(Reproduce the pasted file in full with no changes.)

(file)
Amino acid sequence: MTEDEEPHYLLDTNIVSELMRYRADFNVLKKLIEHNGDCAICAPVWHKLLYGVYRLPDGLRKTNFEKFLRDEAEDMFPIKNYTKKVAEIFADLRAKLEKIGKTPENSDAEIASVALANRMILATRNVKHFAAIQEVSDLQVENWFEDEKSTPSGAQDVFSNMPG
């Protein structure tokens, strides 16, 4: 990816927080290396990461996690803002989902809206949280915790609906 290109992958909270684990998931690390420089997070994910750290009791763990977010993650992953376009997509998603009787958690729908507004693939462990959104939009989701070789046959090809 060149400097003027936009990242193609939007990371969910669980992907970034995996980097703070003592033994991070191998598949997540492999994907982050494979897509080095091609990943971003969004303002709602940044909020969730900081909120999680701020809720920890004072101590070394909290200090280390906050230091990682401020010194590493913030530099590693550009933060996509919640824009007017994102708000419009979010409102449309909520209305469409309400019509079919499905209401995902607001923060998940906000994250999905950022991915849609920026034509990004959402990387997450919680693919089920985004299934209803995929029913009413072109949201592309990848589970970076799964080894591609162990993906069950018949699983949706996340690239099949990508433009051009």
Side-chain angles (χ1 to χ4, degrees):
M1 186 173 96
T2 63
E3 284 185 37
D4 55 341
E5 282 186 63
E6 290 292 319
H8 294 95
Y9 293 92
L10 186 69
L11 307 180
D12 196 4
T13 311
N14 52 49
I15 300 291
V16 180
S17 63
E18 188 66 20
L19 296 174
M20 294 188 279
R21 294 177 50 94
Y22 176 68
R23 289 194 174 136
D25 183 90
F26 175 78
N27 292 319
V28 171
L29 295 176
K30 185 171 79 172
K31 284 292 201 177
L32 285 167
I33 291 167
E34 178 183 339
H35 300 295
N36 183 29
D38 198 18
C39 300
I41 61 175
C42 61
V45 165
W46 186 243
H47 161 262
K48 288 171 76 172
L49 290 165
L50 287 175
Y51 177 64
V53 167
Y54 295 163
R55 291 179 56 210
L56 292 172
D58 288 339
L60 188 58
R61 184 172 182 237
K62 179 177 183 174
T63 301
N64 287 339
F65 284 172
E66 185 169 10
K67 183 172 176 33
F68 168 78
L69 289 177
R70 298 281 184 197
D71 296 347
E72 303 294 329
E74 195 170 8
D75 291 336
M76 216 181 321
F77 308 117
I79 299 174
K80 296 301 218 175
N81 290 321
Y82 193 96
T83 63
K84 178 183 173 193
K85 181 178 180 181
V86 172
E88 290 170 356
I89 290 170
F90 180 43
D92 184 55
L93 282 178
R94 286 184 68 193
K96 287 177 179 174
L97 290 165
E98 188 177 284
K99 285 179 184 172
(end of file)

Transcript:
Amino acid sequence: MTEDEEPHYLLDTNIVSELMRYRADFNVLKKLIEHNGDCAICAPVWHKLLYGVYRLPDGLRKTNFEKFLRDEAEDMFPIKNYTKKVAEIFADLRAKLEKIGKTPENSDAEIASVALANRMILATRNVKHFAAIQEVSDLQVENWFEDEKSTPSGAQDVFSNMPG
């Protein structure tokens, strides 16, 4: 990816927080290396990461996690803002989902809206949280915790609906 290109992958909270684990998931690390420089997070994910750290009791763990977010993650992953376009997509998603009787958690729908507004693939462990959104939009989701070789046959090809 060149400097003027936009990242193609939007990371969910669980992907970034995996980097703070003592033994991070191998598949997540492999994907982050494979897509080095091609990943971003969004303002709602940044909020969730900081909120999680701020809720920890004072101590070394909290200090280390906050230091990682401020010194590493913030530099590693550009933060996509919640824009007017994102708000419009979010409102449309909520209305469409309400019509079919499905209401995902607001923060998940906000994250999905950022991915849609920026034509990004959402990387997450919680693919089920985004299934209803995929029913009413072109949201592309990848589970970076799964080894591609162990993906069950018949699983949706996340690239099949990508433009051009």
Side-chain angles (χ1 to χ4, degrees):
M1 186 173 96
T2 63
E3 284 185 37
D4 55 341
E5 282 186 63
E6 290 292 319
H8 294 95
Y9 293 92
L10 186 69
L11 307 180
D12 196 4
T13 311
N14 52 49
I15 300 291
V16 180
S17 63
E18 188 66 20
L19 296 174
M20 294 188 279
R21 294 177 50 94
Y22 176 68
R23 289 194 174 136
D25 183 90
F26 175 78
N27 292 319
V28 171
L29 295 176
K30 185 171 79 172
K31 284 292 201 177
L32 285 167
I33 291 167
E34 178 183 339
H35 300 295
N36 183 29
D38 198 18
C39 300
I41 61 175
C42 61
V45 165
W46 186 243
H47 161 262
K48 288 171 76 172
L49 290 165
L50 287 175
Y51 177 64
V53 167
Y54 295 163
R55 291 179 56 210
L56 292 172
D58 288 339
L60 188 58
R61 184 172 182 237
K62 179 177 183 174
T63 301
N64 287 339
F65 284 172
E66 185 169 10
K67 183 172 176 33
F68 168 78
L69 289 177
R70 298 281 184 197
D71 296 347
E72 303 294 329
E74 195 170 8
D75 291 336
M76 216 181 321
F77 308 117
I79 299 174
K80 296 301 218 175
N81 290 321
Y82 193 96
T83 63
K84 178 183 173 193
K85 181 178 180 181
V86 172
E88 290 170 356
I89 290 170
F90 180 43
D92 184 55
L93 282 178
R94 286 184 68 193
K96 287 177 179 174
L97 290 165
E98 188 177 284
K99 285 179 184 172